Suspected Hibs casuals rounded up by police in early-morning blitz

Police officers were out knocking on doors from as early as 7am yesterday to detain suspected Hibs casuals
Police officers were out knocking on doors from as early as 7am yesterday to detain suspected Hibs casuals
Have your say

IT’S a tactic more often used against the city’s organised crime gangs.

But Lothian and Borders Police signalled their intention to take a tough stance against football hooliganism in the Capital by staging a string of dawn raids against suspected Hibs casuals yesterday.

Eleven suspects from across the city were rounded up in a series of swoops after a convoy of police vans rolled out from Fettes HQ at 7am.

Police knock on doors to find suspected Hibs casuals

Police knock on doors to find suspected Hibs casuals

A 17-year-old boy was the youngest arrested, led into a holding cell in one van while his mother watched in tears and his father stood beside his car with the private registration plate, “HFC”.

Police chiefs launched the operation in the wake of spiralling violence involving Hibs casuals in recent months, including a running battle in Easter Road after the club’s friendly match with Sunderland in August.

It was video footage captured by officers during this incident that was used to identify the suspects, who were each arrested for taunting rival fans with racist and sectarian chants.

Police have pledged to use video cameras to record any fans singing sectarian songs before and after matches involving Hibs or Hearts, and track down those involved in these hate crimes.

Football banning orders will also be sought against each of the suspects if convicted, as well as the eight men arrested on the day of the Sunderland match.

The operation came just days before Hearts play host to Celtic at Tynecastle and was intended as a clear indication that the force will not tolerate violence and disorder at Sunday’s clash.

Officers descended on 13 addresses yesterday to detain the suspected hooligans, calling at homes in Leith, Hyvots, Pilton, Mayfield, Gyle, Lochend, Brunstane and Musselburgh.

The oldest man arrested was 44, which police believe shows the wide spread in ages involved in the city’s growing casual scene.

Trouble on the day of the Sunderland game erupted in Easter Road on August 6 following earlier fighting near the Omni Centre, which saw three people treated for serious injuries.

Superintendent Donny MacKinnon, who led yesterday’s operation, said: “There had been incidents before that game when five arrests were made, and we received intelligence about likely post-match trouble. Officers were able to keep around 25 to 30 of these alleged Hibs supporters away from the rival fans on Easter Road and three more arrests were made for violence.

“Sunderland has a multi- cultural support and some of these chants were of a racist nature while other sectarian songs were also sung.

“We couldn’t arrest all of those involved in the incident on the day, but we had no intention of not following up with further investigations. We had video footage of those involved and were able to identify several from intelligence while other images were passed to briefings for officers to identify more. A few are still to be traced, but rest assured that will continue.”

A total of 50 officers took part in the blitz, split into teams to carry out near-simultaneous raids on the addresses and execute warrants. During a briefing at Fettes, the officers were advised to prevent suspects from using their mobile phones following their arrest in case they tried to warn other targets.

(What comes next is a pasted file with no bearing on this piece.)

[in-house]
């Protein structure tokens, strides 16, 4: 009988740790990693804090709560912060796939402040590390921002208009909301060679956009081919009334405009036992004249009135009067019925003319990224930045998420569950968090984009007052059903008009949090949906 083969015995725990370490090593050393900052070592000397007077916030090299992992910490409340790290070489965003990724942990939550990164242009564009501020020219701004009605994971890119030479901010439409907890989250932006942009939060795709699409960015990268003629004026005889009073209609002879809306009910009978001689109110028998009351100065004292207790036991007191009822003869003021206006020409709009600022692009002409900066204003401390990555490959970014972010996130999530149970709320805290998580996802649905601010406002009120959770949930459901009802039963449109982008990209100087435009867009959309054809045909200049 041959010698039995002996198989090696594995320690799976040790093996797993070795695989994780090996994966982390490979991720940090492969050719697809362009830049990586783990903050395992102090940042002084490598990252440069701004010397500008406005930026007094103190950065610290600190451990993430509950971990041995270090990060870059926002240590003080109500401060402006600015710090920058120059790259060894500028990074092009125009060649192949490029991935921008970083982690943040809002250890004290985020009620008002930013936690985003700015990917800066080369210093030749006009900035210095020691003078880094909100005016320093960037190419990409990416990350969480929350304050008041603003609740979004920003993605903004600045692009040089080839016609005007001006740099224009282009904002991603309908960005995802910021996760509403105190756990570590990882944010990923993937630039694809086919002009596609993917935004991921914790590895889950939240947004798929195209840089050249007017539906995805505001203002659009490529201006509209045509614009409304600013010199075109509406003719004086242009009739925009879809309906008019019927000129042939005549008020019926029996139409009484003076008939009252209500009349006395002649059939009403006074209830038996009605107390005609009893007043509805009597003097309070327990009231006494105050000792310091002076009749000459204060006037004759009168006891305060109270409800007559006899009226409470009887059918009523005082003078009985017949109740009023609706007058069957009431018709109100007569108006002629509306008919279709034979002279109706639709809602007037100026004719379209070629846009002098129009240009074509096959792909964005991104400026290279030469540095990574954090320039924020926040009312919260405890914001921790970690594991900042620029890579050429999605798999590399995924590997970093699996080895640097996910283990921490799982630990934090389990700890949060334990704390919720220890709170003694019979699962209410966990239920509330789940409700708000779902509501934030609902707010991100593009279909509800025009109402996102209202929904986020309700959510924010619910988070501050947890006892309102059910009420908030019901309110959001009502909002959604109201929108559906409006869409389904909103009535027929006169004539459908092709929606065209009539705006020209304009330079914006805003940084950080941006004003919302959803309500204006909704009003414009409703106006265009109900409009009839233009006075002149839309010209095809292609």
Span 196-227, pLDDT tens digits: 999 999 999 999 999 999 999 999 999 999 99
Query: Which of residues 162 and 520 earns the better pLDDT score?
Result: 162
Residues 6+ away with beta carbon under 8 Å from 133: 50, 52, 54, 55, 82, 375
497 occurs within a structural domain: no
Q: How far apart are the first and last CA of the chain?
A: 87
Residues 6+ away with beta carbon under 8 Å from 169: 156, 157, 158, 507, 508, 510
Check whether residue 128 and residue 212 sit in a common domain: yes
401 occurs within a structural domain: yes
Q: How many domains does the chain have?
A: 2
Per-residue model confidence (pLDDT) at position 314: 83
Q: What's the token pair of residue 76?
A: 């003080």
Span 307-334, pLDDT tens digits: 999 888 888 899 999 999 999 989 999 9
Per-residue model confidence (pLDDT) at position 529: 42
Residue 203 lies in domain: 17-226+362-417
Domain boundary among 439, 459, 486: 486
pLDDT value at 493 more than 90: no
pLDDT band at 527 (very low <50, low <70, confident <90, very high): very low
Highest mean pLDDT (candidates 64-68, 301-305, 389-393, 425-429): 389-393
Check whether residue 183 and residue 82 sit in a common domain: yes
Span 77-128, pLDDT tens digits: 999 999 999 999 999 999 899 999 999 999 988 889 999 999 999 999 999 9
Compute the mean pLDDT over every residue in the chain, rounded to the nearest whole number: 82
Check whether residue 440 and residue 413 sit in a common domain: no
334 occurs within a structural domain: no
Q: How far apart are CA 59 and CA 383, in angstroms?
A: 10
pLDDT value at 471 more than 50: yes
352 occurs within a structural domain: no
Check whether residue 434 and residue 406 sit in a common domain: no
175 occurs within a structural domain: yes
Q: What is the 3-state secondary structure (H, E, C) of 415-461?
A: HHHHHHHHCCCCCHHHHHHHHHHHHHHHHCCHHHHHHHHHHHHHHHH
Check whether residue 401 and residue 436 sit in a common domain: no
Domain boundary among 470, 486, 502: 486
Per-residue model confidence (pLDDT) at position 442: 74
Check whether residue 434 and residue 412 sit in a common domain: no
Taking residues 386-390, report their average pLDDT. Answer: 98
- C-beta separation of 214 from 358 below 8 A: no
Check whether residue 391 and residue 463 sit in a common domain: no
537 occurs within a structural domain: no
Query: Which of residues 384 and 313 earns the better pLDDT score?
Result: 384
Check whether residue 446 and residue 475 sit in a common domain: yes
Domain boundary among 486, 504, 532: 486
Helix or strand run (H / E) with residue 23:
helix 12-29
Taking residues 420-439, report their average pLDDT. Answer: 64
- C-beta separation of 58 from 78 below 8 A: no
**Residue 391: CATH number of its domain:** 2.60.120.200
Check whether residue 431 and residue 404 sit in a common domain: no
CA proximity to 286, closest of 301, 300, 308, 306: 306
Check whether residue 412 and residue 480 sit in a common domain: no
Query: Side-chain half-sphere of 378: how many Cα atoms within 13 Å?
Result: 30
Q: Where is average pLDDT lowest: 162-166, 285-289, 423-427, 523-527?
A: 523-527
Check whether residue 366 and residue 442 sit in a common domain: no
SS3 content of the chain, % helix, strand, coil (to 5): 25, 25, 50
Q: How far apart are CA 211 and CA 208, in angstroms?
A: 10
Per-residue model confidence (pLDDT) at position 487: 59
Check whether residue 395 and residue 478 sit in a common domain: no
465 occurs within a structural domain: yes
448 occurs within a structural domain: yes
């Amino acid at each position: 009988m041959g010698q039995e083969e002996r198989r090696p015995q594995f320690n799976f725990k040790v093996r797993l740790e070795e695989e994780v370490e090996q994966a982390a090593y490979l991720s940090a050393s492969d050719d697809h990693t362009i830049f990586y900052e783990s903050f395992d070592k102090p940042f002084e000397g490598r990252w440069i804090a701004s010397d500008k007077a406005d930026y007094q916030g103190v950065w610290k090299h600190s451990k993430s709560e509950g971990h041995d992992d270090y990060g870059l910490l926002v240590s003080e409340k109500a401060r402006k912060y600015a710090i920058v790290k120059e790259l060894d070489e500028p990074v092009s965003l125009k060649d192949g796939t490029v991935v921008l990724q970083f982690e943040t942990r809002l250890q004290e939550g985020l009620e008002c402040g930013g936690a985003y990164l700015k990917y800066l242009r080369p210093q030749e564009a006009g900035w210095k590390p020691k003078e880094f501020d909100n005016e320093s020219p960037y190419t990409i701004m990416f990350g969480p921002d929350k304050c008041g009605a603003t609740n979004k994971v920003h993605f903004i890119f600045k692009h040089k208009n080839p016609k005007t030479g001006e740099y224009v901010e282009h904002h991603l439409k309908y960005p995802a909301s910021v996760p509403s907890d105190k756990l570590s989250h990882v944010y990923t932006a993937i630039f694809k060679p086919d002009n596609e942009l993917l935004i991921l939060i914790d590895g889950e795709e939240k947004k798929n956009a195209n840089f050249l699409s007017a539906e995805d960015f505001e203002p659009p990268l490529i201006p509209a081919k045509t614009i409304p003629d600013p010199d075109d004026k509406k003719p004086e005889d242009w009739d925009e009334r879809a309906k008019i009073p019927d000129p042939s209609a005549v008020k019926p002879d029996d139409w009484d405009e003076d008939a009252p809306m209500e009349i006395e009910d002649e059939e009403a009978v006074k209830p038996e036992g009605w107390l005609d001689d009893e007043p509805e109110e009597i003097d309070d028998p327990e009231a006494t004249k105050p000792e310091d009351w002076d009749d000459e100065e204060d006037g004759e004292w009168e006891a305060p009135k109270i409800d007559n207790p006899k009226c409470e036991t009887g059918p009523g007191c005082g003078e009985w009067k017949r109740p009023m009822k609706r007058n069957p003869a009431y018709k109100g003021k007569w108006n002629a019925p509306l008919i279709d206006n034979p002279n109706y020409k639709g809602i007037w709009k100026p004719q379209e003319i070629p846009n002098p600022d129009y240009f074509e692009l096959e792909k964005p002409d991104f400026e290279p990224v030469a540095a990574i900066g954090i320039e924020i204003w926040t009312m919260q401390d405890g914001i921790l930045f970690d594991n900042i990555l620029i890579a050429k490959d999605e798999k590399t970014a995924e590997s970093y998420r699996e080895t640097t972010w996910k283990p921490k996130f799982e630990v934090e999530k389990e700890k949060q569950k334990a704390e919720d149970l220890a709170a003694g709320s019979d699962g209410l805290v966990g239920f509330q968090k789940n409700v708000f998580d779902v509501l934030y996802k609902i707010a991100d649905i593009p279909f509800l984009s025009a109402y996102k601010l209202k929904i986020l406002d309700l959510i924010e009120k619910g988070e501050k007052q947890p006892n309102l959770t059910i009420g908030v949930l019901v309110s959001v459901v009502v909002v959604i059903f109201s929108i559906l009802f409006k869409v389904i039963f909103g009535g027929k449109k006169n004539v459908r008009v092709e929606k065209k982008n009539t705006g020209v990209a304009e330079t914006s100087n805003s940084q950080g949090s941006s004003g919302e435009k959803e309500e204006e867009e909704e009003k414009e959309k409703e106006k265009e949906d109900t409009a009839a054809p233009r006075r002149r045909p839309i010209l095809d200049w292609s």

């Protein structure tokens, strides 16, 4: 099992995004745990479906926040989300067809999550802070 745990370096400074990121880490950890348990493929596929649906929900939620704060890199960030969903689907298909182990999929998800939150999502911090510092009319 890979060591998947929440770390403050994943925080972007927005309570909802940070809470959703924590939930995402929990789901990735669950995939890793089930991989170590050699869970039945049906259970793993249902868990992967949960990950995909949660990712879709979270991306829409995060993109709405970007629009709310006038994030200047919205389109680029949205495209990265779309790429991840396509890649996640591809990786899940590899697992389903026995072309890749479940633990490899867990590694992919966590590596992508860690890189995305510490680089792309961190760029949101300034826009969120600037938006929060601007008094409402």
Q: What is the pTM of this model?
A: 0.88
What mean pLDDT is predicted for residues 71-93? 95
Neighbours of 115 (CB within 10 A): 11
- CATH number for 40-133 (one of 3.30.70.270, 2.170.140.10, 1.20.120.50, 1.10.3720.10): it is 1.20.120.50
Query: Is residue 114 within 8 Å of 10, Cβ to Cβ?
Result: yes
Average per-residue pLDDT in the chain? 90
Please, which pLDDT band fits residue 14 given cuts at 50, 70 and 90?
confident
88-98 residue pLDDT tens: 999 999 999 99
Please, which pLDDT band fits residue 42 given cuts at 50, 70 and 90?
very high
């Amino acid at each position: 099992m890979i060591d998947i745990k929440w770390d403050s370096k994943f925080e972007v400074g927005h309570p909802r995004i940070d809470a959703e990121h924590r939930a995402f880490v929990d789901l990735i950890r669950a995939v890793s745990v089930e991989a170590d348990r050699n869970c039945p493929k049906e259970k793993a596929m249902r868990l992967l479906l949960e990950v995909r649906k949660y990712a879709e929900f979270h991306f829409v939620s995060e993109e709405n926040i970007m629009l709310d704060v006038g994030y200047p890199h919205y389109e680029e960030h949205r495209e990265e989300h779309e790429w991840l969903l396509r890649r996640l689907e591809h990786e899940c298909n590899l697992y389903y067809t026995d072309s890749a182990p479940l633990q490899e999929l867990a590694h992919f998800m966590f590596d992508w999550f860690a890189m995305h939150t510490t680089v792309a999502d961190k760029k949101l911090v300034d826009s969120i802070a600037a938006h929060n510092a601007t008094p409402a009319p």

A dossier had been compiled on each of the suspects, often including details on their status as a “risk supporter” who had previously come to the attention of police for football-related disorder, as well as still images taken from video footage.

The men arrested were taken to St Leonards police station, and were set to appear at Edinburgh Sheriff Court today.

Supt MacKinnon said that the force had been monitoring an upsurge in violence involving casuals, with officers working to gather intelligence against the hardcore involved in disturbances.

He added: “We are aware of a rise in incidents involving a small number of individuals intent on using football as an excuse to take part in violence.

“Their behaviour will not be tolerated and this operation shows we will continue to pursue them weeks after any incidents actually take place.”

In May, casuals clashed in the city when around 35 Hibs fans taunted around 15 Hearts supporters at the Horseshoe Bar in Gorgie.

The attack saw fans batter the windows and doors with metal poles and a steel bollard.

Local residents said that the fight may have been a retaliation for a previous attack on the Hibs social club in Sunnyside, near Easter Road.

Meanwhile, Hearts bosses have launched a massive security operation to protect Celtic manager Neil Lennon when he returns to Tynecastle for the first time since he was confronted by a fan there in May.

Extra stewards will be deployed around the dugouts while security staff are working with police to boost safety.

Police chiefs issued a warning in the run-up to the game, pledging that “full resources” will be used to prevent trouble inside or outside the ground.

Supt MacKinnon added: “If there is a small minority who are intent on disrupting things, there will be a robust reaction from my officers.”

A Hibs spokesman today said: “The club encourages all supporters to behave in a responsible way. If individuals are found to have broken the law then the club will take the appropriate action.”

A Scottish Government spokeswoman said: “We are committed to removing bigotry from football and society and we commend the police.”